Texas Parks & Wildlife Magazine   


Kaufman Field Guide to Insects

Check out the flashy green June bug, and you too will be a beetles fan.

By E. Dan Klepper

“The totality of life,” entomologist and Pulitzer prize-winning author Edward O. Wilson tells us, “is a membrane of organisms wrapped around Earth so thin it cannot be seen edgewise from a space shuttle, yet so internally complex that most species composing it remain undiscovered.” Wilson’s observation often comes to mind while hiking over Texas’ own bit of membrane, particularly whenever I encounter a member of the state’s vast insect population.

A full third of the 90,000 known insect species that inhabit the North American continent make their home here in Texas. Some are readily recognizable, while others are wholly unfamiliar. But remembering the names of even the most common ones can be a challenge. That’s why I’ve started keeping a copy of the new Kaufman Field Guide to Insects of North America in my daypack.

The guide provides quick and easy access to information about members of the insect world Texans may be curious about, including the first bug that caught my childhood interest — the thoroughly creepy niña de la tierra. The particular species I witnessed, about the shape, look and size of a cootie, is actually a type of Jerusalem cricket (family Stenopelmatidae), although according to Kaufman (page 84 in the guide), it’s not actually a cricket at all. The bizarre insect sparked my enthusiasm for the crawly world, and I moved on to become a beetles fan shortly thereafter. Around the time I was hand-cranking The White Album backwards on the turntable I was also creating a collection of expired but beautifully carapaced green June beetles, or Cotinis nitida (page 138). Texans will be happy to know that they need not depend on the ancient pyramids for their scarabs. The Cotinis is our very own.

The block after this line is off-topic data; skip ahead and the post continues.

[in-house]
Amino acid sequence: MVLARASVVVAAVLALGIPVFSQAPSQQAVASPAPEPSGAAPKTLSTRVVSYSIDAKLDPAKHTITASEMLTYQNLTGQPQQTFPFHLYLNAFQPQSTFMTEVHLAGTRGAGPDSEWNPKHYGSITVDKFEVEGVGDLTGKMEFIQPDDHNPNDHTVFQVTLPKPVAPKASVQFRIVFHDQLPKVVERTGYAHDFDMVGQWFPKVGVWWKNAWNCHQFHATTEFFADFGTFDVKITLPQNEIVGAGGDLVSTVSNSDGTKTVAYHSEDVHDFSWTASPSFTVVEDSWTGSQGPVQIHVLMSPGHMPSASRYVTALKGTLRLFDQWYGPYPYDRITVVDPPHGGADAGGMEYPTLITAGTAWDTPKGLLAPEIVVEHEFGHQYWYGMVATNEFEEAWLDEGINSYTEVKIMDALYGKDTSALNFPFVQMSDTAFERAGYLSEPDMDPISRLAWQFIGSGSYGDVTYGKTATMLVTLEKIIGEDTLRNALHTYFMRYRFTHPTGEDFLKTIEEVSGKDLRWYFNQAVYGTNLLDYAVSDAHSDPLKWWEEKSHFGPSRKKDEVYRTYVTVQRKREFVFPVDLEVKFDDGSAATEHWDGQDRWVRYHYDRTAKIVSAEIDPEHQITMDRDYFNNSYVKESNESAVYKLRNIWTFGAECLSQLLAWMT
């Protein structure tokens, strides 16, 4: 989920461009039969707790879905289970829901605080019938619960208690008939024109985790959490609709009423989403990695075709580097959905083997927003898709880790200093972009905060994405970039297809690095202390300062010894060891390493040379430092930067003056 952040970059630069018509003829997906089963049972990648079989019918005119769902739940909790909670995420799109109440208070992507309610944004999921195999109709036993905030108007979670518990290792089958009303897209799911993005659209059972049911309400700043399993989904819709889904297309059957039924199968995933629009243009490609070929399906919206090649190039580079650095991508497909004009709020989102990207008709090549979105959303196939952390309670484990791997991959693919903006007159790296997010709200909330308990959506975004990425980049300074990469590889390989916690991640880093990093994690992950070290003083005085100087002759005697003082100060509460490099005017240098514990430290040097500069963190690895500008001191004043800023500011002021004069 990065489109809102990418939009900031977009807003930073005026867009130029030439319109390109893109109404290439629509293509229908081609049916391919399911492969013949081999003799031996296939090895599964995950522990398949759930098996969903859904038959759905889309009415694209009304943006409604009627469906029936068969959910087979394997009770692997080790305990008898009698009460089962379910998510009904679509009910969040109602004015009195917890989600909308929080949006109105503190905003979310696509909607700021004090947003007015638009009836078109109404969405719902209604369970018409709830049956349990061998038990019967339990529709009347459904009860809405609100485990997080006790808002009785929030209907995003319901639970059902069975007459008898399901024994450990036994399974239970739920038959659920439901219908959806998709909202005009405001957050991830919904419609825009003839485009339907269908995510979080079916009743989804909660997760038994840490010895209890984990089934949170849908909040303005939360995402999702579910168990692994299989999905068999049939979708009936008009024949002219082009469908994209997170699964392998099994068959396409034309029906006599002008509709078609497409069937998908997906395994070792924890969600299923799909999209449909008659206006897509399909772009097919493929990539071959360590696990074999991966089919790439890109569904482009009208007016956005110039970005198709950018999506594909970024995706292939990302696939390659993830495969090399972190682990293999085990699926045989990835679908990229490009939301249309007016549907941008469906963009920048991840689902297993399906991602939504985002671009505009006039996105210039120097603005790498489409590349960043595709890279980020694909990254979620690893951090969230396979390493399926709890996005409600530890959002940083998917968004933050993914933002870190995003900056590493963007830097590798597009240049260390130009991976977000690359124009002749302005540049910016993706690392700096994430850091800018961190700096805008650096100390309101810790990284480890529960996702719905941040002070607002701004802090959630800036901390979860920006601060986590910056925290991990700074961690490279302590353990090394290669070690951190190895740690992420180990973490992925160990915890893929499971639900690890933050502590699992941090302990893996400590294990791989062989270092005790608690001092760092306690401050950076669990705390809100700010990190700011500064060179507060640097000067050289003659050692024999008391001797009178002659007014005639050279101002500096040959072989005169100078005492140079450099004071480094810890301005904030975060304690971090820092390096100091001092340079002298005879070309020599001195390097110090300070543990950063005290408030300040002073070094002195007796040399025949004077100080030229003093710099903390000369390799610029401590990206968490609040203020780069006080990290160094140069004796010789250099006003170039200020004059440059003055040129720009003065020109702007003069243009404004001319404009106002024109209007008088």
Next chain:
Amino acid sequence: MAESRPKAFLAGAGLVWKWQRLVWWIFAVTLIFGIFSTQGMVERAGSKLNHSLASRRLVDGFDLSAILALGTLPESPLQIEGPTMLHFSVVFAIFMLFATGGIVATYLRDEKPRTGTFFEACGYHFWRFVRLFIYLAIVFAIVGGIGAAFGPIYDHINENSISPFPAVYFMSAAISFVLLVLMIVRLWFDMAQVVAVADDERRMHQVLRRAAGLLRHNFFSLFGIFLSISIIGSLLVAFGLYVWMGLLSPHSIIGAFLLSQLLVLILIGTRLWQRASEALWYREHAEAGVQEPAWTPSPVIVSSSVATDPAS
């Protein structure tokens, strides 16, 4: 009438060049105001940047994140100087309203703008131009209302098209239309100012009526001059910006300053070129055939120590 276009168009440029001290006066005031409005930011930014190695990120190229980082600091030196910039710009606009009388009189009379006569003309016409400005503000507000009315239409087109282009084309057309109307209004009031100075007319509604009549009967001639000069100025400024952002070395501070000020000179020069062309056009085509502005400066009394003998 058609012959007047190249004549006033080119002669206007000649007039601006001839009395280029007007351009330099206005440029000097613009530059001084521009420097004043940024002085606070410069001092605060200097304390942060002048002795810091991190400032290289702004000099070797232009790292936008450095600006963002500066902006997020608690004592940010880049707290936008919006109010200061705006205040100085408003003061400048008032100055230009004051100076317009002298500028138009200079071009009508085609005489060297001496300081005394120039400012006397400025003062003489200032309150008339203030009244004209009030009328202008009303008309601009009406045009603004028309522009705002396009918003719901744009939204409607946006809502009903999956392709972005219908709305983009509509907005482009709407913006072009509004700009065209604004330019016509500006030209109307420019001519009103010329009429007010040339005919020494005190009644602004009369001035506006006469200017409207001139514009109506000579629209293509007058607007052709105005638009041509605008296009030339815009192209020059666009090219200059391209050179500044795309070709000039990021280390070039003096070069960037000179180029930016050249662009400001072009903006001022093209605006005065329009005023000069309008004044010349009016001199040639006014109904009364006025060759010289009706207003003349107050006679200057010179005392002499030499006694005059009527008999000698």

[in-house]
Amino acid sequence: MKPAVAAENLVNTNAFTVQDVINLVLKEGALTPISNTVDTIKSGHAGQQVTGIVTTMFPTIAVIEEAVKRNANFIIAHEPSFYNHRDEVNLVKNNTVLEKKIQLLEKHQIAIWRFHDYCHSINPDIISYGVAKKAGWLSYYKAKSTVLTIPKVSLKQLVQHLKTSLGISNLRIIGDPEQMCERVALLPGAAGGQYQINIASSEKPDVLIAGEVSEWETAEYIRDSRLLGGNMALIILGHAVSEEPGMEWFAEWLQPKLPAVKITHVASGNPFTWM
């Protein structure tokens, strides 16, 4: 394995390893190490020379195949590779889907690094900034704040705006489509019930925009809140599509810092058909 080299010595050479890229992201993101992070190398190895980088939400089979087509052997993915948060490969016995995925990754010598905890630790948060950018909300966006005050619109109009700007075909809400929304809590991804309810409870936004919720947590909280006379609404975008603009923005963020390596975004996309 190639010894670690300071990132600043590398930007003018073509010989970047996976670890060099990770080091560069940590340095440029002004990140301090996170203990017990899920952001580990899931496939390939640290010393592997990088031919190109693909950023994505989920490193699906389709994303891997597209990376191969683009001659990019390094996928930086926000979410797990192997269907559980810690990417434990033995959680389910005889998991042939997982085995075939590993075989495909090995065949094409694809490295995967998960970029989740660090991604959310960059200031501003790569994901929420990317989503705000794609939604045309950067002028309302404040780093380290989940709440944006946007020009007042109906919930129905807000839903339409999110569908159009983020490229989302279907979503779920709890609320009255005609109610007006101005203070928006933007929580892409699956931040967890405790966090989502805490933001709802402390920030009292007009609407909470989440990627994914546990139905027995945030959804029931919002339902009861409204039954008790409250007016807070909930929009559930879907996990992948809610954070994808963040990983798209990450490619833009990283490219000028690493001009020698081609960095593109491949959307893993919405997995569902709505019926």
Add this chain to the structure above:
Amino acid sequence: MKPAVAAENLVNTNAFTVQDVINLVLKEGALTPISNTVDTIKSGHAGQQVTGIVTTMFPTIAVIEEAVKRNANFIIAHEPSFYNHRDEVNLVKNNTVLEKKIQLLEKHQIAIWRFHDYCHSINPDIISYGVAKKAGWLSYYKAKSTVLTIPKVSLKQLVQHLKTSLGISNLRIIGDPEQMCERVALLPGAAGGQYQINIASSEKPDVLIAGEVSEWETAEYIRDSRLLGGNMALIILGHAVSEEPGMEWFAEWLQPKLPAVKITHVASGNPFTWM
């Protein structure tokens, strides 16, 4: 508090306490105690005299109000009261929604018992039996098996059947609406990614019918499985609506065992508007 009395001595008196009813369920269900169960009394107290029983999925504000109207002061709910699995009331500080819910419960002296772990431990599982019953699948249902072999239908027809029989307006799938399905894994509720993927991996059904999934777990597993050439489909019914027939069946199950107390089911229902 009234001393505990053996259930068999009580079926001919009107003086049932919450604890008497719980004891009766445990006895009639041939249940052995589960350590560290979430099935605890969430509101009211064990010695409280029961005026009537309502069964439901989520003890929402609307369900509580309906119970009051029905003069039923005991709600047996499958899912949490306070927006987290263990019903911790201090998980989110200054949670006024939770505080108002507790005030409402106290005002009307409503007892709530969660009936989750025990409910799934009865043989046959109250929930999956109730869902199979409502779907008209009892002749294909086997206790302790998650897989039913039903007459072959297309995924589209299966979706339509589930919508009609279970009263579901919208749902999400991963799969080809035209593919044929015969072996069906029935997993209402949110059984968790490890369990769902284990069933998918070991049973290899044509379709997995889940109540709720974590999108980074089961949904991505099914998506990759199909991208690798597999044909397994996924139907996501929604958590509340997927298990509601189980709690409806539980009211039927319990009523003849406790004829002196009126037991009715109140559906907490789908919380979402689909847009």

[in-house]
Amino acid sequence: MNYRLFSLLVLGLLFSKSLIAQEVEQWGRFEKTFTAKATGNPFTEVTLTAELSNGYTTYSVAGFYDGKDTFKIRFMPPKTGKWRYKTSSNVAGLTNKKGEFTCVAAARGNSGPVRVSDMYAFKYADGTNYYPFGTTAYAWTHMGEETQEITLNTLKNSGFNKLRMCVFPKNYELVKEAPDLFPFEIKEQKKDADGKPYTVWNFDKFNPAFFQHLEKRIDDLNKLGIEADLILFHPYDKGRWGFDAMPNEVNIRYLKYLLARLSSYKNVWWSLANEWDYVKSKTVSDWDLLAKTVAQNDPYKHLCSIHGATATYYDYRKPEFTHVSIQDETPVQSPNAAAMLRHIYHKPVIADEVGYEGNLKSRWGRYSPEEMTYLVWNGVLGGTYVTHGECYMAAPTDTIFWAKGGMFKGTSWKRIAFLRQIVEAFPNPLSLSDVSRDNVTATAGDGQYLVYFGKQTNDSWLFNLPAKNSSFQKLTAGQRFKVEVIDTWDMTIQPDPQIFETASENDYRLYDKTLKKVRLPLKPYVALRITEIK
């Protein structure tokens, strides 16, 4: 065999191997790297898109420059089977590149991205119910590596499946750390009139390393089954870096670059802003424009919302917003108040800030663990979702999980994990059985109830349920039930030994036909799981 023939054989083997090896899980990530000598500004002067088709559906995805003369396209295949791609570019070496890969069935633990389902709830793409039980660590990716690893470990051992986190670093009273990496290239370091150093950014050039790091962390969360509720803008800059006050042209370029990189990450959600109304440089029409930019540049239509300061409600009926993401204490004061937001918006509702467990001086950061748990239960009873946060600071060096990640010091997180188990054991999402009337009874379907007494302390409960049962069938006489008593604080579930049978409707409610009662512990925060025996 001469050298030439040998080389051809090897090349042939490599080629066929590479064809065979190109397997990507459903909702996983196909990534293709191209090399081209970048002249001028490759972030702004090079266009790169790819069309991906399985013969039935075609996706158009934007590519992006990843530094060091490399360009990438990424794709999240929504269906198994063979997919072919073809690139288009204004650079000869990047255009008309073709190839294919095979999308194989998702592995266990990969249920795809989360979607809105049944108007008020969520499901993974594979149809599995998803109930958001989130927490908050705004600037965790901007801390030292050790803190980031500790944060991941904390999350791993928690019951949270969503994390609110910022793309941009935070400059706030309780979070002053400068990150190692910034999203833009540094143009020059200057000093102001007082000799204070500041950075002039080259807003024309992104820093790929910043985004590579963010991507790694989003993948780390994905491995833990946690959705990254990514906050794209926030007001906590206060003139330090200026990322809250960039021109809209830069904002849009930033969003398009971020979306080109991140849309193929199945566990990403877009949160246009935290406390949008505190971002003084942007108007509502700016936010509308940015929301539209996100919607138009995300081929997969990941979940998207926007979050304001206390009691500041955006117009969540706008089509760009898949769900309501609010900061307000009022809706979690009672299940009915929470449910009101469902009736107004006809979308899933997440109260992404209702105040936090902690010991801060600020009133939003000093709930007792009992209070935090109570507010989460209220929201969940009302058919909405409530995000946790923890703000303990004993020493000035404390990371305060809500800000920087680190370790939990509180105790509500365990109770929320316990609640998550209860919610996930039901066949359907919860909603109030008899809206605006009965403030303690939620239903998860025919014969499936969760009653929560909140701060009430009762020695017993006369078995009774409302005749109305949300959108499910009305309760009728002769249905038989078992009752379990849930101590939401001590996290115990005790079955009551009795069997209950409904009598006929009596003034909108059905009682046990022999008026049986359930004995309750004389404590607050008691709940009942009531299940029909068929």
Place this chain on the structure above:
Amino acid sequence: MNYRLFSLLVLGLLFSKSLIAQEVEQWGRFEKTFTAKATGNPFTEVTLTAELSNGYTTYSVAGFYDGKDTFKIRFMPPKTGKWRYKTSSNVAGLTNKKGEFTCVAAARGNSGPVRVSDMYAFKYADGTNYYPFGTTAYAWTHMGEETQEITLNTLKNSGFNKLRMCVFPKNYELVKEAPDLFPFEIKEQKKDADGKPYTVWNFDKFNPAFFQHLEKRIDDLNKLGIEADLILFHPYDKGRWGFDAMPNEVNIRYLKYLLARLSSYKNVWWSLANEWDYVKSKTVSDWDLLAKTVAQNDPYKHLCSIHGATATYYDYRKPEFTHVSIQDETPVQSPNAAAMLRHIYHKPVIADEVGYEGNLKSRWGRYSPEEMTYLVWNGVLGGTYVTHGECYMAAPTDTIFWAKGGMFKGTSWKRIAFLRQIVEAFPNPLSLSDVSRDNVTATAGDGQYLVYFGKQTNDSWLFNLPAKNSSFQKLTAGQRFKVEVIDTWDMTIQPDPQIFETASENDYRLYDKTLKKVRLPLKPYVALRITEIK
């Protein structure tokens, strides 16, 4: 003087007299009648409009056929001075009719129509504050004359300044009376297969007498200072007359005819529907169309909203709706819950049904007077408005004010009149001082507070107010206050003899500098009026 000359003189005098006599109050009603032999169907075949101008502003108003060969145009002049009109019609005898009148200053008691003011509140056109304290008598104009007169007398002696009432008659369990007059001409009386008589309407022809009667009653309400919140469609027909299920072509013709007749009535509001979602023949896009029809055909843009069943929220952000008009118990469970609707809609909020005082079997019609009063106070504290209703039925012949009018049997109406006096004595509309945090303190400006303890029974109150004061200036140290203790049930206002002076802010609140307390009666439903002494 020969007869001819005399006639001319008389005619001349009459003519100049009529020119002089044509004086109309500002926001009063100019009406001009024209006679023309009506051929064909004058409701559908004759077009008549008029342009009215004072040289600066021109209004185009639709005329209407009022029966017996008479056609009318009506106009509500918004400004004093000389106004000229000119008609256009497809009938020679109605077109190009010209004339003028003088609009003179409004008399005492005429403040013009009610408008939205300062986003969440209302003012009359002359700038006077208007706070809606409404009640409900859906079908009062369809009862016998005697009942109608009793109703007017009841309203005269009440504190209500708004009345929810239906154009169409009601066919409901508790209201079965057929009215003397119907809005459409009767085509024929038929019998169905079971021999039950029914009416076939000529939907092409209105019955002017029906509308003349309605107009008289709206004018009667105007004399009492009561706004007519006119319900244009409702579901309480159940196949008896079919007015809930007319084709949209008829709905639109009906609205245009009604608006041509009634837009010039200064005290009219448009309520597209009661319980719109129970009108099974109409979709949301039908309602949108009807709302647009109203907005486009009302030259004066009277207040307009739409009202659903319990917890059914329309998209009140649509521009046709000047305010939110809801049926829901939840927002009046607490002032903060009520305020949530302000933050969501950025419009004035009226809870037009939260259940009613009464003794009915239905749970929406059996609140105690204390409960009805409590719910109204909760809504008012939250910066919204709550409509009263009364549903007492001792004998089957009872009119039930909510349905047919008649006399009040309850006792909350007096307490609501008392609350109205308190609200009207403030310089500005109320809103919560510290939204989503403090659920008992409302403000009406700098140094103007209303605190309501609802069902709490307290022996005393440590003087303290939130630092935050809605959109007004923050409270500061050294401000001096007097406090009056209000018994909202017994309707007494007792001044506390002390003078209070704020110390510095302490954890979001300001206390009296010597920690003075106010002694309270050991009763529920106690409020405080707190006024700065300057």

Later, during the punk rock years, I developed an obsession for a giant moth called the black witch. The Ascalaphaodorata (page 254) occasionally crosses the Gulf of Mexico in the eye of a hurricane. How rock ‘n’ roll is that?!

Recently, I came full circle to the crickets again after stumbling upon an enormous Rhaph-idophoridae, or camel cricket (back to page 84), a genus that includes at least 89 North American species. I couldn’t find the exact species in the book, but the guide is not designed to cover everything. Instead, the authors utilize what they call “naked-eye entomology” in order to provide an overview of insects most likely identified through simple observation at an average distance. Considering the number of disconcertingly creepy insect species Texans can encounter on any given hike, that’s just about as close as you may want to get when trying to identify the critters. Feel free to let your Kaufman’s do the rest.

Kaufman Field Guide to Insects of North America, Eric R. Eaton and Kenn Kaufman, Houghton Mifflin Company, 2007

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